Biomedical researchers need memorable, concise names for genes in order to communicate effectively in written and oral form. These names must be both unique in the genome and across different disciplines, easy to remember, should rarely change and ideally be meaningful. Importantly such names are distinct from tracking identifiers used by databases to track their data over time;human minds simply cannot easily categorise and remember NM_001010848 and ENSG00000185737, whereas NRG3 (neuregulin 3) can be easily spoken, understood and remembered. There must be a well understood and explicit relationship between the user-friendly nomenclature and database tracking identifiers, such that a user can be presented with these intuitive symbols and find the relevant information about that object. The HGNC (Human Gene Nomenclature Committee) was founded in 1977 by the Human Gene Mapping community to provide a single worldwide authority to assign human gene symbols. Compared to some recent large scale projects, the goal to provide unique, user-friendly names for all human genes might seem prosaic. However, not having such a coordinated resource risks widespread confusion in both the literature and in all forms of communication, and would greatly hinder future research and our understanding of the human genome. The HGNC has two overriding goals: a. providing a unique and standardised nomenclature for every human gene, and b. ensuring that this information is freely available, widely disseminated and universally used. This involves three key components: 1. the bioinformatic analysis of nucleotide and amino-acid sequences;2. the curation of online resources, in particular a searchable online database, comprising records for each gene containing the gene name and symbol and relevant information such as the cDNA sequence, chromosomal location, key publications and links to other databases;and 3. constant communication, including consulting with researchers on nomenclature, coordinated naming of orthologous genes with other nomenclature groups, exchanging data with other databases, and raising awareness of the resource with the target audience, both electronically and through publications and attendance at conferences and meetings.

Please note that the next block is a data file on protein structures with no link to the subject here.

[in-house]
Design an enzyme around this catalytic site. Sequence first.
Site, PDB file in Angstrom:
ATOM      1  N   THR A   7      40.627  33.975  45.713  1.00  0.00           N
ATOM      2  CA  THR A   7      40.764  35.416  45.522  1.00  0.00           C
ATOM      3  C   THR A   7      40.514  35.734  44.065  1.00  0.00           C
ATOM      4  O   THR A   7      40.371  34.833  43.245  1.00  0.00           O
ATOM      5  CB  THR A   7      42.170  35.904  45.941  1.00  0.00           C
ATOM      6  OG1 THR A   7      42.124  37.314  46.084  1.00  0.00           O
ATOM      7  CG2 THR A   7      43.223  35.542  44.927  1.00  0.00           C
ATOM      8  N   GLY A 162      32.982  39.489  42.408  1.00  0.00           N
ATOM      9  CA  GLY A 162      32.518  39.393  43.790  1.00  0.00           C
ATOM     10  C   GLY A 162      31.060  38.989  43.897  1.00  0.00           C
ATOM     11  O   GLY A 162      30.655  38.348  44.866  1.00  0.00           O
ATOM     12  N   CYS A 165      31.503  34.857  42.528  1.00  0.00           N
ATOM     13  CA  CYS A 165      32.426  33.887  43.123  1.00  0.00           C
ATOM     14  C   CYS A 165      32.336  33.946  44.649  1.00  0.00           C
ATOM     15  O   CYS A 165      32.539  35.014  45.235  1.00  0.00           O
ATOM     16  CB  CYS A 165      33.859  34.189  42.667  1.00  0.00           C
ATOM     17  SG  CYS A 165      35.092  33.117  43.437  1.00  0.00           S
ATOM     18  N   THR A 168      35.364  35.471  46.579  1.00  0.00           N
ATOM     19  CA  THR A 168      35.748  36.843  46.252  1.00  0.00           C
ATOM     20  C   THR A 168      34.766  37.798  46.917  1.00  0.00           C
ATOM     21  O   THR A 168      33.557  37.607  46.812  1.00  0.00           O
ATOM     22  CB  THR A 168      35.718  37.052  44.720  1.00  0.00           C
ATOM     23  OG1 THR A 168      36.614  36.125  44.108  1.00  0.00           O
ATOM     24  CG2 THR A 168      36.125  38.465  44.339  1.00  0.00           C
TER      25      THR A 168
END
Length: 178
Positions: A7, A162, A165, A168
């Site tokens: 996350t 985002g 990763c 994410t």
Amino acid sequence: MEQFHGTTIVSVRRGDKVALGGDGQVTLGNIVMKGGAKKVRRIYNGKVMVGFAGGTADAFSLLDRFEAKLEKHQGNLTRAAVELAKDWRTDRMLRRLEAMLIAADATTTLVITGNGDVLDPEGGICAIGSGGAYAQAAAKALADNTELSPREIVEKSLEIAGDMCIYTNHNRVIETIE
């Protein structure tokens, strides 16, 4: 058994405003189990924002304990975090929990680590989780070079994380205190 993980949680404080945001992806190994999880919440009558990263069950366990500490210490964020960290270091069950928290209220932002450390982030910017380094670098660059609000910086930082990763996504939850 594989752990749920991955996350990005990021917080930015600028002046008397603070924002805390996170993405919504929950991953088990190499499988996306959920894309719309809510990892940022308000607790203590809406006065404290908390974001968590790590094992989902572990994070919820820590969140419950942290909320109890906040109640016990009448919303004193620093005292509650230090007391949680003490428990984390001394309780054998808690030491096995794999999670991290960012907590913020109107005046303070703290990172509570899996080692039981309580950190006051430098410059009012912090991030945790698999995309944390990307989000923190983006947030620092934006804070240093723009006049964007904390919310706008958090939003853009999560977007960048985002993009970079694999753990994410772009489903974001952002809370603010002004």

National Institute of Health (NIH)
National Human Genome Research Institute (NHGRI)
Biotechnology Resource Grants (P41)
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Ethical, Legal, Social Implications Review Committee (GNOM)
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Bonazzi, Vivien
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European Molecular Biology Laboratory
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